The benefits of a food precinct within a centre or space are becoming increasingly known as more landlords and developers include dining as a major aspect of their project. We are busier than ever assisting centres in creating a curated food and beverage masterplan that meets the customer needs and boosts business activity for the overall centre. Whilst it is easy to say what good a food precinct can do, an important part of our project delivery is to ensure that the precincts we deliver overcome major operational challenges that come with having food and beverage outlets operating in the space. We’ve listed 4 major operational challenges that are specific to a food and beverage precinct and must be addressed to ensure operational and business efficiency:
The demand for parking grows
An increased demand for parking is one of the key operational challenges that a Landlord must consider when including a food and beverage precinct in the masterplan of a space. Food precincts have changed in that it’s not just about finding fuel for everyone but now more experiential and the social part of the visit. Food precincts are housing smart dining restaurants which have people in them for 2-3 hours meaning people need to be able to have access to parking that allows them to stay this long. Without this, patrons can be deterred as well it cause issues amongst the operators inside the precinct. Food precincts within centers and other spaces are also becoming dining destinations meaning people are visiting purely for the food. These additional volumes need to be considered when the parking plans are being devised.
Knowing the customer visitation rates and times is the key to ensuring your parking amenities suit the customer needs. Are more customers visiting in the day? How long are they staying on average? Are their incentives for people to park at off-peak times? All of these points will help ensure you have a parking capacity that responds to your users.
Extended opening hours can lead to increased costs
Food precincts are one of the components of a centre that have the ability to operate outside of traditional trade hours. With dining becoming a key part of the shopping journey, the evening economy created by food precincts is now allowing retail traders to extend their opening hours to take advantage of the extra foot traffic. It’s a win-win. What this means for a centre and a Landlord is that there is more opportunity for money to be made but it also means additional costs. It is important to consider the cost of lights, heating, extra WiFi access and security (people’s safety is a must for evening trade) and to incorporate this into the budgeting to ensure that all costs are covered or absorbed.
If your centre has just implemented evening trade hours and the additional costs are outweighing the additional income, a marketing strategy will work to notify your customer base that you are now operating later into the day. Once your evening visitation rate is up, the additional income will quickly cover the costs created.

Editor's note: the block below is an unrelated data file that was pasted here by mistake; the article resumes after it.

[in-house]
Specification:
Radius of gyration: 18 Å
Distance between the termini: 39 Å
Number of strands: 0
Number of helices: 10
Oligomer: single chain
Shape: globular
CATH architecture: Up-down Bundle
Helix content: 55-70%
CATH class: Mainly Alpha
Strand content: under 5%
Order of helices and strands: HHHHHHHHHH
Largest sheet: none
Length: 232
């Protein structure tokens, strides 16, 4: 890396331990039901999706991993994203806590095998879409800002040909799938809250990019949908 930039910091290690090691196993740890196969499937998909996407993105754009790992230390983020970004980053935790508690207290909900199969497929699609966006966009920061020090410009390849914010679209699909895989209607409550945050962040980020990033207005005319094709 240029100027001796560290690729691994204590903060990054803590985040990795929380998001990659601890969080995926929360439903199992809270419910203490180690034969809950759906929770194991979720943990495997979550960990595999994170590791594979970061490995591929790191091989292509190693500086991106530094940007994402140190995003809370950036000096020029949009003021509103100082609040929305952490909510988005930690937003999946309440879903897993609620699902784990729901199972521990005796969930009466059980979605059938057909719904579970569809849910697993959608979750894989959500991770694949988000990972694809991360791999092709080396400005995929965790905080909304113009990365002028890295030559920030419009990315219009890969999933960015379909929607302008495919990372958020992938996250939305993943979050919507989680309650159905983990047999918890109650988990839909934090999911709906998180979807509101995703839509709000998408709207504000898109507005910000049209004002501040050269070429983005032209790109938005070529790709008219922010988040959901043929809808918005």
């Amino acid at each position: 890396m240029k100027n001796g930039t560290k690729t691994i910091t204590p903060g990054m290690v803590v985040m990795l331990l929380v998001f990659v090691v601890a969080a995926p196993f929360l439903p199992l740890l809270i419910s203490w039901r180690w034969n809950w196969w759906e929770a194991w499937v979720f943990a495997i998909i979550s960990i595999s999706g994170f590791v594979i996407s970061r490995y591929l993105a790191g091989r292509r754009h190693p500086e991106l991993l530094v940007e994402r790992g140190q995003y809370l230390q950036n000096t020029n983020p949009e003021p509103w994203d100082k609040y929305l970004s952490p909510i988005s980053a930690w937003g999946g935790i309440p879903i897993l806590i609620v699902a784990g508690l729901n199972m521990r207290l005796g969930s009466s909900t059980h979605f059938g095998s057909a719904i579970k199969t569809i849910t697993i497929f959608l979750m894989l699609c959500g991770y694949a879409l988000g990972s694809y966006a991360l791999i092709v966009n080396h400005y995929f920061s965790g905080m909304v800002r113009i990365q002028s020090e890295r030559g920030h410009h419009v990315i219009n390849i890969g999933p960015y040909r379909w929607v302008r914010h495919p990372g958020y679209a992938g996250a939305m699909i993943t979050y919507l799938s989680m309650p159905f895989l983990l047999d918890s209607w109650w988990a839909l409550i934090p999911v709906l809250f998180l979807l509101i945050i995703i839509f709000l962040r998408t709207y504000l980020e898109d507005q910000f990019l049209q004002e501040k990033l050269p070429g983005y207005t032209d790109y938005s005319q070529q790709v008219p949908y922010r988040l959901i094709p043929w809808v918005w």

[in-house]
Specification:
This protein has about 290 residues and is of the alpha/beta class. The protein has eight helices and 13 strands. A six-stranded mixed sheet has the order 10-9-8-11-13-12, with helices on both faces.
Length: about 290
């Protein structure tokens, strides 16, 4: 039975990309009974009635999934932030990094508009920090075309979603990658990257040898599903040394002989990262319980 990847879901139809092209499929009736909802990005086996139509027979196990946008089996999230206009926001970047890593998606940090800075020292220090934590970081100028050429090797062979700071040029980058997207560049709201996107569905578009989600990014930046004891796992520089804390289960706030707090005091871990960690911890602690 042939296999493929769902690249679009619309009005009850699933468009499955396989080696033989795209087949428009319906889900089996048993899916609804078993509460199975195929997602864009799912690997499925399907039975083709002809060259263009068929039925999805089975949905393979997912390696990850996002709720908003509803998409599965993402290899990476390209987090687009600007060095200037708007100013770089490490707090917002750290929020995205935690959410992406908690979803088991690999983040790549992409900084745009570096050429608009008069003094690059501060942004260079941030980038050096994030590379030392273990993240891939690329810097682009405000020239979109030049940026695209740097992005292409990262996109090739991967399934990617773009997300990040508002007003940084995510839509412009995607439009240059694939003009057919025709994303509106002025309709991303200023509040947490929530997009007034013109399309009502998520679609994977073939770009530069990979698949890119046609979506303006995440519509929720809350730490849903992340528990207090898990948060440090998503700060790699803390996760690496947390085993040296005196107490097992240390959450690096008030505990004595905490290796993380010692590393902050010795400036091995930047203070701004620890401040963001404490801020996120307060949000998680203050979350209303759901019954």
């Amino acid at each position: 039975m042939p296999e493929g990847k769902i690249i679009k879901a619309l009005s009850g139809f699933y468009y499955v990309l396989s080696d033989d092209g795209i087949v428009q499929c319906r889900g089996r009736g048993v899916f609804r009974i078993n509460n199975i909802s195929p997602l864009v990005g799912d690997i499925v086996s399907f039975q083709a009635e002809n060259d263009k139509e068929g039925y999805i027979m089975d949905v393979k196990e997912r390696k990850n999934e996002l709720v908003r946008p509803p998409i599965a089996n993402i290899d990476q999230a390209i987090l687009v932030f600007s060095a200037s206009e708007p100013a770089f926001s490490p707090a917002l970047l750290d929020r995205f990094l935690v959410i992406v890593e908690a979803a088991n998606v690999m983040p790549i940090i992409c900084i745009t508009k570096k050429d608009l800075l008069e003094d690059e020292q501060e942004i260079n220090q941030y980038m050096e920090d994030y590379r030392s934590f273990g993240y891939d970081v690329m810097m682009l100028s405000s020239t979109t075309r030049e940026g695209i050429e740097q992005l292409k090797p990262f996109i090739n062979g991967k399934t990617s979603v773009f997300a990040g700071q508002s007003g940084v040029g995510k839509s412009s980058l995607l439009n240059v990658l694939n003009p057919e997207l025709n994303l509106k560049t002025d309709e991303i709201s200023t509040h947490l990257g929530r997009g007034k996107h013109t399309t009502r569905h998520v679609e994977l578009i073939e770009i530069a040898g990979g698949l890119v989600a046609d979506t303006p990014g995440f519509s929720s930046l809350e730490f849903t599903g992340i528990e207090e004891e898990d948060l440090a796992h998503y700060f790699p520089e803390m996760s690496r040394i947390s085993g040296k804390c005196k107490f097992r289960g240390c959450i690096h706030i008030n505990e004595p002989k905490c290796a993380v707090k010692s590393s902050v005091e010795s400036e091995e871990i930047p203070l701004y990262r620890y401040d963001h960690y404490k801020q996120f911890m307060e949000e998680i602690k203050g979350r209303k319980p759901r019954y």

Waste and sustainability management becomes more complex
Waste is specific to the food and beverage aspect of a centre and is one of the most expensive problems for food operators. Unlike in retail, designated zones are required for housing and processing waster and strict guidelines need to be devised and upheld in how each individual operator as well as the overall centre manages it. There are strict regulations around disposing of waste, recycling and separating waste items and it takes someone with extensive knowledge on the topic to be able to implement a sound waste disposal strategy – one that does what it needs to do without costing an arm and a leg.
There are innovative solutions for waste management which include converting organic waste into biofuel. Solutions such as these reduce waste as well as boost the overall environmental rating of centre, a beneficial credential to have these days. See what food precinct, South Melbourne Market in Melbourne does for their waste management supplied to them by EcoGuardians.
Health and safety standards are a must
When you have a food precinct in your centre, there is an extra level of health and safety standards that are required to be upheld. Skimping on these standards can be detrimental to business by ruining the reputation of a single operators as well as an overall food cluster who share the same space. How do you get all operators to adhere to mandatory standards? It requires a set of guidelines and checklists to be provided by the landlord as well as regular and documented audits to be carried out. It is in the best interest of all operators as well as the asset manager and landlord to ensure all health and safety criteria are being met to avoid running the risk of a fine or reputation loss.
At Future Food, we offer operational consulting services for those looking to better their food precinct efficiency as well as a start-to-finish food and beverage masterplanning service that creates a curated food precinct that overcomes all operational challenges it may face. Whether you need advice on how to implement health and safety audits or are looking to begin a new food and beverage project, get in touch with our expert team to get started.
Credits - cover image via Sarah.com.au of Colonnades Shopping Centre in Adelaide